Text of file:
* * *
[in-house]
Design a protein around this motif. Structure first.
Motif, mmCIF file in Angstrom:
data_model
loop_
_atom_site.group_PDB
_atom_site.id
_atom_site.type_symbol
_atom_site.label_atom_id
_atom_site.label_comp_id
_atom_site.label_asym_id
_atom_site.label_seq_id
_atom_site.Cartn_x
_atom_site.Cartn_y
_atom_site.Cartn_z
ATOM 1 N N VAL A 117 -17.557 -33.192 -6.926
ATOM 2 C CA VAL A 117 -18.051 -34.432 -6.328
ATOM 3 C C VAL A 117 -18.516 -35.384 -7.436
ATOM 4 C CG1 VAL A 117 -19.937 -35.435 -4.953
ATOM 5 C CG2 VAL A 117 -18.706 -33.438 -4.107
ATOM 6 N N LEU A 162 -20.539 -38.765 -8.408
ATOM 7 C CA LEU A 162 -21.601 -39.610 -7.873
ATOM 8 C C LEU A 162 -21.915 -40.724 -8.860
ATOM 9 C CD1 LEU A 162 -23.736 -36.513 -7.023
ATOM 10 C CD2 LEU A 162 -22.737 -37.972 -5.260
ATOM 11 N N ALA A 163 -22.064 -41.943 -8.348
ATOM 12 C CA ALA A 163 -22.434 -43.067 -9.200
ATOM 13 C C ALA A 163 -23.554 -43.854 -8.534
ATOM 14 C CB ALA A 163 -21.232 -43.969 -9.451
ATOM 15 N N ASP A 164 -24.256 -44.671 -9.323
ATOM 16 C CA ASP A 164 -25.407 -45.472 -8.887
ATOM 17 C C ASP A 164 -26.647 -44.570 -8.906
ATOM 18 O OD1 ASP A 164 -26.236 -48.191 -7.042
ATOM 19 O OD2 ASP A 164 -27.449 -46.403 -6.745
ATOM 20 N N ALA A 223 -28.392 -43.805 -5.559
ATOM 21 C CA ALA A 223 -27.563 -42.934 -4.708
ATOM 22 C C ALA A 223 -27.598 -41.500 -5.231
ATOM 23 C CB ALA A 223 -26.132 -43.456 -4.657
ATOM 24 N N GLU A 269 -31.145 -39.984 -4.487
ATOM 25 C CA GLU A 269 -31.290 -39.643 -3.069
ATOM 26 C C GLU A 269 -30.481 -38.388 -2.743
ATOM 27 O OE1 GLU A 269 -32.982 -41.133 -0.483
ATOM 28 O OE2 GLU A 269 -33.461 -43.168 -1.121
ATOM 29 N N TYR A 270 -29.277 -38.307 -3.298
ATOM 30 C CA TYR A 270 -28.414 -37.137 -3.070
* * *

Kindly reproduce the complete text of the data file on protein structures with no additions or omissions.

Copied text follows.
[in-house]
Design a protein around this motif. Structure first.
Motif, mmCIF file in Angstrom:
data_model
loop_
_atom_site.group_PDB
_atom_site.id
_atom_site.type_symbol
_atom_site.label_atom_id
_atom_site.label_comp_id
_atom_site.label_asym_id
_atom_site.label_seq_id
_atom_site.Cartn_x
_atom_site.Cartn_y
_atom_site.Cartn_z
ATOM 1 N N VAL A 117 -17.557 -33.192 -6.926
ATOM 2 C CA VAL A 117 -18.051 -34.432 -6.328
ATOM 3 C C VAL A 117 -18.516 -35.384 -7.436
ATOM 4 C CG1 VAL A 117 -19.937 -35.435 -4.953
ATOM 5 C CG2 VAL A 117 -18.706 -33.438 -4.107
ATOM 6 N N LEU A 162 -20.539 -38.765 -8.408
ATOM 7 C CA LEU A 162 -21.601 -39.610 -7.873
ATOM 8 C C LEU A 162 -21.915 -40.724 -8.860
ATOM 9 C CD1 LEU A 162 -23.736 -36.513 -7.023
ATOM 10 C CD2 LEU A 162 -22.737 -37.972 -5.260
ATOM 11 N N ALA A 163 -22.064 -41.943 -8.348
ATOM 12 C CA ALA A 163 -22.434 -43.067 -9.200
ATOM 13 C C ALA A 163 -23.554 -43.854 -8.534
ATOM 14 C CB ALA A 163 -21.232 -43.969 -9.451
ATOM 15 N N ASP A 164 -24.256 -44.671 -9.323
ATOM 16 C CA ASP A 164 -25.407 -45.472 -8.887
ATOM 17 C C ASP A 164 -26.647 -44.570 -8.906
ATOM 18 O OD1 ASP A 164 -26.236 -48.191 -7.042
ATOM 19 O OD2 ASP A 164 -27.449 -46.403 -6.745
ATOM 20 N N ALA A 223 -28.392 -43.805 -5.559
ATOM 21 C CA ALA A 223 -27.563 -42.934 -4.708
ATOM 22 C C ALA A 223 -27.598 -41.500 -5.231
ATOM 23 C CB ALA A 223 -26.132 -43.456 -4.657
ATOM 24 N N GLU A 269 -31.145 -39.984 -4.487
ATOM 25 C CA GLU A 269 -31.290 -39.643 -3.069
ATOM 26 C C GLU A 269 -30.481 -38.388 -2.743
ATOM 27 O OE1 GLU A 269 -32.982 -41.133 -0.483
ATOM 28 O OE2 GLU A 269 -33.461 -43.168 -1.121
ATOM 29 N N TYR A 270 -29.277 -38.307 -3.298
ATOM 30 C CA TYR A 270 -28.414 -37.137 -3.070